Access the Policy

Georgia Tech Open Access Policy

Access the Policy

Why Open Access?

Open Access means making the peer-reviewed scholarly work you produce accessible and with no charge to the public, and ideally with as few re-use restrictions as possible. There are several reasons Georgia Tech passed the Georgia Tech Open Access Policy.

  1. Alignment with Federal Policies: More and more agencies are requiring research to be made Open Access. Georgia Tech's OA Policy keeps us ahead of the curve.
  2. Shifting publishing landscape: Traditional paywalled publishing is becoming more expensive to access, and more and more publications are turning to more open models.
  3. Visibility to peers and fellow researchers: Open Access increases the likelihood that your scholarship will be accessible to those who need it and use it.
  4. Making Georgia Tech scholarship available to the public: Georgia Tech is committed to making the cutting edge research conducted here accessible to the public at large.

Faculty can use this policy to make their work openly available, no matter where they publish.

Find out how you can submit your work, or waive the policy.

Why is it Important?

To provide a mechanism for our faculty to share and disseminate their scholarly work, regardless of where they choose to publish.

Georgia Tech faculty are committed to making their work discoverable and making sure it has the most impact possible in research and scholarship. Making your research articles openly accessible means that anyone with an internet connection can have access to your important work, not just those with a paid subscription to an online site.

To proactively position Georgia Tech to meet the increasing federal funding requirements for public access to research.

In 2022, the White House Office of Science and Technology Policy (OSTP) released a memorandum requiring all US Government agencies that fund research to create and implement plans to make the products of that funded research open access -without embargo. This memo further updates a 2013 OSTP memo which was more limited in scope. The open access advocacy organization SPARC has set up a useful comparison database of federal agency sharing requirements.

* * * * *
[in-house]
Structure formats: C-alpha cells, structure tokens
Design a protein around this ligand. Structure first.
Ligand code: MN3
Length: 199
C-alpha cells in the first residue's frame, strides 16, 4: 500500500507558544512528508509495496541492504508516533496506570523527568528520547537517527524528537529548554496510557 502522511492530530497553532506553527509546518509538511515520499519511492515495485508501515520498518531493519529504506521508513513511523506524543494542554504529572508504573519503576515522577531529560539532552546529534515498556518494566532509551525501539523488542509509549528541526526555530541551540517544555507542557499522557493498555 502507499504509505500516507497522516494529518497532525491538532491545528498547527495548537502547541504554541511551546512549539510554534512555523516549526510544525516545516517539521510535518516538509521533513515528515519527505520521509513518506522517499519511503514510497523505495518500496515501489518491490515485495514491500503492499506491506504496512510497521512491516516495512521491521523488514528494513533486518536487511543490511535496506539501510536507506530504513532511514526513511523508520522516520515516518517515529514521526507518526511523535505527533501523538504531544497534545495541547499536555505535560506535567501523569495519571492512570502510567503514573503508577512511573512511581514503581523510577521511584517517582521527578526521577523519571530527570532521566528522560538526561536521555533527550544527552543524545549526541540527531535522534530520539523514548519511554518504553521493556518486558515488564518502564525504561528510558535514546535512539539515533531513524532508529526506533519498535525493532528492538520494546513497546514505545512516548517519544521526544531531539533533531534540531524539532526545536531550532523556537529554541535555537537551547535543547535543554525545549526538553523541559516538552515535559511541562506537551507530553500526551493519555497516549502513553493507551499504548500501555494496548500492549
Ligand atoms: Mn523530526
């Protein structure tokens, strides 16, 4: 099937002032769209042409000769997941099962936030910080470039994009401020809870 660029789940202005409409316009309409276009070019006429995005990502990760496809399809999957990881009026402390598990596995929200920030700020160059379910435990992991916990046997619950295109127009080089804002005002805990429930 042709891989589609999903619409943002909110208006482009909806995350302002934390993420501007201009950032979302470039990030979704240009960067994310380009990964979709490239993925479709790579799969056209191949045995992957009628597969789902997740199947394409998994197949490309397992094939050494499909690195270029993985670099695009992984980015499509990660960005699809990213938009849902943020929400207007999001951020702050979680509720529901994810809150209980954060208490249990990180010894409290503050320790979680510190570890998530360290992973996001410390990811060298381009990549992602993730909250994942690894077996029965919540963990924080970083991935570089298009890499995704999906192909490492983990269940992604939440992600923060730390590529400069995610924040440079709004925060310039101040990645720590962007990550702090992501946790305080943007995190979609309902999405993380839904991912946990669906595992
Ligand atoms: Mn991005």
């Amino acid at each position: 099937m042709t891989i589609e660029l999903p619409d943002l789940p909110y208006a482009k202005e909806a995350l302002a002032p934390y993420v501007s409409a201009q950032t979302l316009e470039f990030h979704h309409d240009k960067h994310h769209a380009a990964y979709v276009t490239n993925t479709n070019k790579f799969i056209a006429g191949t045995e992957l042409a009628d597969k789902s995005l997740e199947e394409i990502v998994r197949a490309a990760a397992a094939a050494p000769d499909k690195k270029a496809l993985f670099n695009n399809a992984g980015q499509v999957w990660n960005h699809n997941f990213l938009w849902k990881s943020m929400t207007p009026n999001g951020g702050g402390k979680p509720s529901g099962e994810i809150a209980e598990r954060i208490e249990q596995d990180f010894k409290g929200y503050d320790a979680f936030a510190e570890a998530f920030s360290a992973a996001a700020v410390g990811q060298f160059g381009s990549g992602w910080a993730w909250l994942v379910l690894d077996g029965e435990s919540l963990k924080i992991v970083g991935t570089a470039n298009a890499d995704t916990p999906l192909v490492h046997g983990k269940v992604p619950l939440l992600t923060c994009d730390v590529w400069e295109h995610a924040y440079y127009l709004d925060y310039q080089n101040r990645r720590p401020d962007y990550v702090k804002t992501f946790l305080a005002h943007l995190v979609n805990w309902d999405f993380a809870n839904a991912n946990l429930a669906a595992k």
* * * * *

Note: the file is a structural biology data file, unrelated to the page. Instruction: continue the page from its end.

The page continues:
Author Rights

An important component of open access is understanding that authors have rights to the work that they produce, and should retain them when possible. In the US, authors automatically have copyright to original work they produce, but often a publisher will require that an author transfer copyright to the publishing organization. This leaves the publisher in charge of how that article will be disseminated or distributed.

What are my options?

Addenda: An agreement with a publisher is a contract, and contracts can be amended. Some great tools for helping you generate publishing contact addenda arethe SPARC addendum, or the Creative Commons addendum engine.

Know what rights you retain: If you transfer your copyright to a publisher, read your agreement carefully to find out what rights as an author you retain. In many cases, publishers that request copyright transfer grant back some rights of distribution to the author. If you would like a right that you don’t see in your publishing agreement, ask for it. A great tool for finding out standard rights retention for journal titles is Sherpa Romeo.

Publish in an open access journal: Check the for open access journals in your field. Open access journals are widely available, and most publishers and professional societies publish open access titles. Usually Open Access journals will ask you to assign your work a Creative Commons license. A Creative Commons license will allow free reuse of your work while assuring attribution.

Publish in a hybrid journal: A so-called “hybrid” open access journal is a typical subscription based journal that will also publish peer reviewed open access journals for an author fee. Most of the large commercial publishers have hybrid journal titles.

How does the OA Policy help preserve my author rights?

Per the GT Open Access policy, faculty can submit a peer-reviewed author manuscript version (sometimes called a “post print”) of their own scholarly articles to the GT Digital Repository, the library’s institutional repository. You can submit via the repository submission form, or contact the repository team with any questions.